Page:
Various LFMP materials have been synthesized by solution route but did not reach the objectives. Thus, solid state route has been used and reach 95% of the objective. High voltage electrolytes based on sulfolane (SL) and adiponitrile (AND) have been tested and full graphite/NMC Li-ion cell has been operated at 4.5V with good performance.

A new graphite material has been selected which is going over the specifications. Regarding the electrolyte, original approach has shown that imide sacrificial salt could significantly reduce the first irreversible capacity.
Concerning silicon material synthesis, the 2 reactors of synthesis have been updated based on flow modelling. It opens the way now of efficient material.

Some Components have been updated based on benchmarking and water based formulation has been developed for positive and negative electrodes for Gen-1 with 1000 cycles demonstrated. An original battery stack architecture has been designed. A modular lightweight and robust plastic composite packaging is associated to a power connector allowing rotation between 2 packaging.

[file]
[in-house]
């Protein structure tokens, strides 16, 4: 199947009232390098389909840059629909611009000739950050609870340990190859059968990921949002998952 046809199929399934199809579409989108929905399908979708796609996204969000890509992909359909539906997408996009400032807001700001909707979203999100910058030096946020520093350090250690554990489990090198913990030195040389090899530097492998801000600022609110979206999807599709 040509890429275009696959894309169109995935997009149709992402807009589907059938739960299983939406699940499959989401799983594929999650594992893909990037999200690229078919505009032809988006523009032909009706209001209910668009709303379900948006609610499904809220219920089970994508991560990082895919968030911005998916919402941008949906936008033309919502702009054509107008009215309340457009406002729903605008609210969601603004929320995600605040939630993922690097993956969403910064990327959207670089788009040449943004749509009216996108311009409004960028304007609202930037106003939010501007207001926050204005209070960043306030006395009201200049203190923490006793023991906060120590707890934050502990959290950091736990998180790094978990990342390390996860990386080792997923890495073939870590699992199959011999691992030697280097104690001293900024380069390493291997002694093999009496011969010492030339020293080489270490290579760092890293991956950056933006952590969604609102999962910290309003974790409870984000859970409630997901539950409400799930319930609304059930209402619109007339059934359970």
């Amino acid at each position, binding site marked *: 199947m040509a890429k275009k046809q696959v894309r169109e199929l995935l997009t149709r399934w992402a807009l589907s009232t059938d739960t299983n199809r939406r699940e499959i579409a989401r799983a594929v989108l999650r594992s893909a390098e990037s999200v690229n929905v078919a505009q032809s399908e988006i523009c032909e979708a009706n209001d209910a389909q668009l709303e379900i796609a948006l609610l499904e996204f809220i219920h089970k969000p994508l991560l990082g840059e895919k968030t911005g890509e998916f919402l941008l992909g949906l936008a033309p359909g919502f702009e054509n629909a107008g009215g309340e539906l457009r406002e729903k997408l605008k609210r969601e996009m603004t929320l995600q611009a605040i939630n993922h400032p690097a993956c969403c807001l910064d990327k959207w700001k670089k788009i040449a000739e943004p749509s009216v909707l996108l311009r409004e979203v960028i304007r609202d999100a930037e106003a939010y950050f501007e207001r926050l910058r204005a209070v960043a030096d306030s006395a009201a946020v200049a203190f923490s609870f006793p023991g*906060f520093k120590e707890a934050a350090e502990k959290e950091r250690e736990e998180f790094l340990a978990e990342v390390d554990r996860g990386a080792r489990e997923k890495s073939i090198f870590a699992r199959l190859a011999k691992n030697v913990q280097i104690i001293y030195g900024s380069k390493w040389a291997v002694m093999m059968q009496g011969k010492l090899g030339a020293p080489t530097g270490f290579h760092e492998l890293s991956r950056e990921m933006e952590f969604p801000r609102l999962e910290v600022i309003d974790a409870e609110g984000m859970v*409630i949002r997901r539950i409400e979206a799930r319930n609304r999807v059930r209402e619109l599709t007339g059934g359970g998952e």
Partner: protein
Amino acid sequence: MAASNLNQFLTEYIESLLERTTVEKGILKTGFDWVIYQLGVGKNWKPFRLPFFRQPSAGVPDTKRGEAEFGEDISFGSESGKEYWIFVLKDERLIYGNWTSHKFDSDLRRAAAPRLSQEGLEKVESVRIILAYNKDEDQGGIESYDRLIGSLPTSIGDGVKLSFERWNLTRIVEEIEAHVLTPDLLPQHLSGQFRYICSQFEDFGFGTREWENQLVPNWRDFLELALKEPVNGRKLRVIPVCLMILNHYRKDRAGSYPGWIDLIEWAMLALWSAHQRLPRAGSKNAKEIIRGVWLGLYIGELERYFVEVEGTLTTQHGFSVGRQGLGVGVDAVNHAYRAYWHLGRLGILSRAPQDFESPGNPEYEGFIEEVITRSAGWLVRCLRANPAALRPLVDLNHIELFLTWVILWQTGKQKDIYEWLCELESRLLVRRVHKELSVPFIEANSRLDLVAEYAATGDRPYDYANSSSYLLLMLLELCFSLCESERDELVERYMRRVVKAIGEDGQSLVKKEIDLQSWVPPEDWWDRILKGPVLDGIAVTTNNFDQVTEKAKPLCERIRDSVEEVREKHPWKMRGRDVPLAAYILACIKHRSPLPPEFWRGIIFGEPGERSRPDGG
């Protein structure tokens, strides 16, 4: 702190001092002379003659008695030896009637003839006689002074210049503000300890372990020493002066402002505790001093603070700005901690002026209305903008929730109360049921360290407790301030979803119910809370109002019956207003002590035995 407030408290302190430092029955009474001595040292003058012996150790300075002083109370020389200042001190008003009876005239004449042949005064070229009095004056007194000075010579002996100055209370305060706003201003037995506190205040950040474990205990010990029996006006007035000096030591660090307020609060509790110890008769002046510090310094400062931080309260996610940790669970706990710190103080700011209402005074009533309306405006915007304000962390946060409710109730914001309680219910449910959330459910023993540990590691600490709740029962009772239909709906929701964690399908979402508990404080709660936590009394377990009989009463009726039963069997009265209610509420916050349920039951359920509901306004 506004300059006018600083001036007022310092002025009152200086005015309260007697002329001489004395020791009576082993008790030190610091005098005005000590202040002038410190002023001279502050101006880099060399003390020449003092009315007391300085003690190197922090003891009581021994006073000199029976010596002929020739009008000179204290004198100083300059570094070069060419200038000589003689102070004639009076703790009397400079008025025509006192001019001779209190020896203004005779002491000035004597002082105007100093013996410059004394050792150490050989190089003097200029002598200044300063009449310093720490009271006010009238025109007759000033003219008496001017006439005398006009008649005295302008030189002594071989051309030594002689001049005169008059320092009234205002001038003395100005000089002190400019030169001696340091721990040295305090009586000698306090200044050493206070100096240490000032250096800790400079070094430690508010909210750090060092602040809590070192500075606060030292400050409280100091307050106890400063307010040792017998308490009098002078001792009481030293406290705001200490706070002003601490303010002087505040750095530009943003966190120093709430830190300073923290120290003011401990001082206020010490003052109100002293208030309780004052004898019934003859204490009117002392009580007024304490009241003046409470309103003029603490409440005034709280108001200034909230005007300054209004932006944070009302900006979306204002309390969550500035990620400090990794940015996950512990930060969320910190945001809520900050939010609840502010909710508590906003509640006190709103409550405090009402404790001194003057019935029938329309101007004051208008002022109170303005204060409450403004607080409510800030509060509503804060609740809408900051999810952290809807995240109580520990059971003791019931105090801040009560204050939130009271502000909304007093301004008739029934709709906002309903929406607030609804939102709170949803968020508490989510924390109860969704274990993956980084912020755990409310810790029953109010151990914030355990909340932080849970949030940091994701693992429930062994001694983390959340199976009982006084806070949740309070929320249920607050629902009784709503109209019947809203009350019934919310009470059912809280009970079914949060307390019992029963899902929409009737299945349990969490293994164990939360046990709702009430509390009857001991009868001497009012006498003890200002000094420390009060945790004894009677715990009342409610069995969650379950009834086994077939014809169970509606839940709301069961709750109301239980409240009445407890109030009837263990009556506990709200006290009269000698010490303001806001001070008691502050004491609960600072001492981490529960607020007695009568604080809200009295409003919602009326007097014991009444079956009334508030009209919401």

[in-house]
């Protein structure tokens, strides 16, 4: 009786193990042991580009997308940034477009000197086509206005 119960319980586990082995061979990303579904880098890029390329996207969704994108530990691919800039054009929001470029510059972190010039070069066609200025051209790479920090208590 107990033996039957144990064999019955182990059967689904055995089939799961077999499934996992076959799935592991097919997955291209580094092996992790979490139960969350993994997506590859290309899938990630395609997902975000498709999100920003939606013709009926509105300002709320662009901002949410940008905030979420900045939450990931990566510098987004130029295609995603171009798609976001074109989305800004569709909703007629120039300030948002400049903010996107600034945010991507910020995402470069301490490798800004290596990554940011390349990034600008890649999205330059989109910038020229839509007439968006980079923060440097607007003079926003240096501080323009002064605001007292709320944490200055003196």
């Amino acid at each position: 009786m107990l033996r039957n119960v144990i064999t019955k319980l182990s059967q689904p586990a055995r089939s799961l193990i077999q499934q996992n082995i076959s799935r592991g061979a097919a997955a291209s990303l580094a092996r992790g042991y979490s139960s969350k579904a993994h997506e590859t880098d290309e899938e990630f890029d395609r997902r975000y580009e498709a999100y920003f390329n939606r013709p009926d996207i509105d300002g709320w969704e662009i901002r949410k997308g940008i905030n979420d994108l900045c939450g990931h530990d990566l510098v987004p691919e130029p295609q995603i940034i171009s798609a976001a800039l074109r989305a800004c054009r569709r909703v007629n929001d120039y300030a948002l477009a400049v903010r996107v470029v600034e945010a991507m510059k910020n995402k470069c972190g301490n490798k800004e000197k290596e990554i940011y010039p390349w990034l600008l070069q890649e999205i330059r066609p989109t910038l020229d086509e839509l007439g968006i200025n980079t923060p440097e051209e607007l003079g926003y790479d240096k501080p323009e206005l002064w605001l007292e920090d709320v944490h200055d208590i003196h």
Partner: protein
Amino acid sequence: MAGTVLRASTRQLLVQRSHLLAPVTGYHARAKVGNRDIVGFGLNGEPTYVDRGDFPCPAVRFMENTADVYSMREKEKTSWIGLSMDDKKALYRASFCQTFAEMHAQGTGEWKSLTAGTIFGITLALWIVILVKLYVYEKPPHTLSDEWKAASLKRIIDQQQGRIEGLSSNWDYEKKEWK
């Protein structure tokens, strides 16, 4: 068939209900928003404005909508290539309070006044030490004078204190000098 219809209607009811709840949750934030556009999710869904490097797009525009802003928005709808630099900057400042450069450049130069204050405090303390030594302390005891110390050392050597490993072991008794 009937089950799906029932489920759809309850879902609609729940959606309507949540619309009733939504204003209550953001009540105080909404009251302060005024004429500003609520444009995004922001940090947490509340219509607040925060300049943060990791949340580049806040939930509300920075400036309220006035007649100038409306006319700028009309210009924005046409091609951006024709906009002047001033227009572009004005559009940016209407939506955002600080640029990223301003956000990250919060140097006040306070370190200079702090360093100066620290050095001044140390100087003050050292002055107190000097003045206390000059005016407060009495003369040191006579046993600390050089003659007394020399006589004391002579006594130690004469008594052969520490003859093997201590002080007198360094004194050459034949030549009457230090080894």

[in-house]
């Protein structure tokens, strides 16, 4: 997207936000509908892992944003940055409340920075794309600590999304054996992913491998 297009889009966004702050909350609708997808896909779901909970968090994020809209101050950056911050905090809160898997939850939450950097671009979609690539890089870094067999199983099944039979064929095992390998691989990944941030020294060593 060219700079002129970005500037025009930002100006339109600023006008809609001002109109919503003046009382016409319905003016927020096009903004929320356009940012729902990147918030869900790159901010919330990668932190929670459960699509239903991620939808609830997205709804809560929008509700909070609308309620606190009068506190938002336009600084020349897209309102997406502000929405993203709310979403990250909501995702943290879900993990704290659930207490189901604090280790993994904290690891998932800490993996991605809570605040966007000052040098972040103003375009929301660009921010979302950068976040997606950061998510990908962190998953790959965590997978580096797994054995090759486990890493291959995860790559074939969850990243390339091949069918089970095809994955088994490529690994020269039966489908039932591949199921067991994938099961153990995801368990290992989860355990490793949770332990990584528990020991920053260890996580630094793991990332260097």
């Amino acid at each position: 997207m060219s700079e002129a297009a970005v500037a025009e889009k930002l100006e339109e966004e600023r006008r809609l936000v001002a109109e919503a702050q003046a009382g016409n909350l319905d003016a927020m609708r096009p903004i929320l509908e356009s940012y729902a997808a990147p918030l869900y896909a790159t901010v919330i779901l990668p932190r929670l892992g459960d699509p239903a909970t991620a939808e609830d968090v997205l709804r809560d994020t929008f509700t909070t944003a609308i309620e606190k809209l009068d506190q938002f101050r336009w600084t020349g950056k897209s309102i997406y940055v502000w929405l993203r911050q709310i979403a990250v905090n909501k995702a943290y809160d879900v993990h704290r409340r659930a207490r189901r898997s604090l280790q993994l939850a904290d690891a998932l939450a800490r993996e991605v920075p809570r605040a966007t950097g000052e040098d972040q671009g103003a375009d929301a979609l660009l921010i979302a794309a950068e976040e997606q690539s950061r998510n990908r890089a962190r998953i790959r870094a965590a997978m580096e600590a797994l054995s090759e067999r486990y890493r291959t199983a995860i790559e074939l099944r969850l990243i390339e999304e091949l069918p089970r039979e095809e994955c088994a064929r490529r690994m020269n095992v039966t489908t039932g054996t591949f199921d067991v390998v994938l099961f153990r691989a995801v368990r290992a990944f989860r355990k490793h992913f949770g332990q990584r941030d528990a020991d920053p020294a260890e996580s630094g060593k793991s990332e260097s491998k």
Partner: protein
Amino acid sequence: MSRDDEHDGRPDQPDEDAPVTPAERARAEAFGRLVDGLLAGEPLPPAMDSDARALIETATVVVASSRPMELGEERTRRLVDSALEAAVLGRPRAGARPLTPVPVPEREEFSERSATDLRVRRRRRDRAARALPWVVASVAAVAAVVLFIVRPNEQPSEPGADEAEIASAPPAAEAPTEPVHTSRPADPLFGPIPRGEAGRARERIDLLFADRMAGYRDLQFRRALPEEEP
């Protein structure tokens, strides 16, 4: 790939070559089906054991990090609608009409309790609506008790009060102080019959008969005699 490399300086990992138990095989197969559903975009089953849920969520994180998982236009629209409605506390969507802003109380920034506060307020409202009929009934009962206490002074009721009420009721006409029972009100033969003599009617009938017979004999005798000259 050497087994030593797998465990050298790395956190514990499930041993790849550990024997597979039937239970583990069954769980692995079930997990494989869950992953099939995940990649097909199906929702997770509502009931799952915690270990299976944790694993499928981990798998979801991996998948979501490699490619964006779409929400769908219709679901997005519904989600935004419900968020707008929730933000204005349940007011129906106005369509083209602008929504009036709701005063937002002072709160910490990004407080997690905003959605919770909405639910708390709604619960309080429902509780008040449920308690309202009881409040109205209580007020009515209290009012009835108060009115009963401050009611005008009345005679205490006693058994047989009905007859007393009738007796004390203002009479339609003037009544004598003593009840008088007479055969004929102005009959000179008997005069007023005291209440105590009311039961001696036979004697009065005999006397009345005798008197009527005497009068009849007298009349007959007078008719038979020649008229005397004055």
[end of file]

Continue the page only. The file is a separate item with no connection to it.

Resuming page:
113 Gen-0 cells have been delivered to partners for evaluation with the objective to compare the 4 different cell architectures. This comparison is particularly unique as all electrodes, electrolyte, separator and formation protocol are the same. Gen-1 electrode upscaling has started and cells are expected beginning of 2017.

Management of the tests done by 5 partners was a huge work to validate protocols of each partner as data recovery in the way to have an exploitation. Abusive tests have shown really different results regarding packaging. Exploitation of electrical test is in progress. For post-mortem analysis, only ante-mortem has already been performed on fresh cells. They have allowed to define the relevant tests and to validate the protocols. For algorithm definition, equivalent models have been proposed which allow to estimate the SOC and the SOH.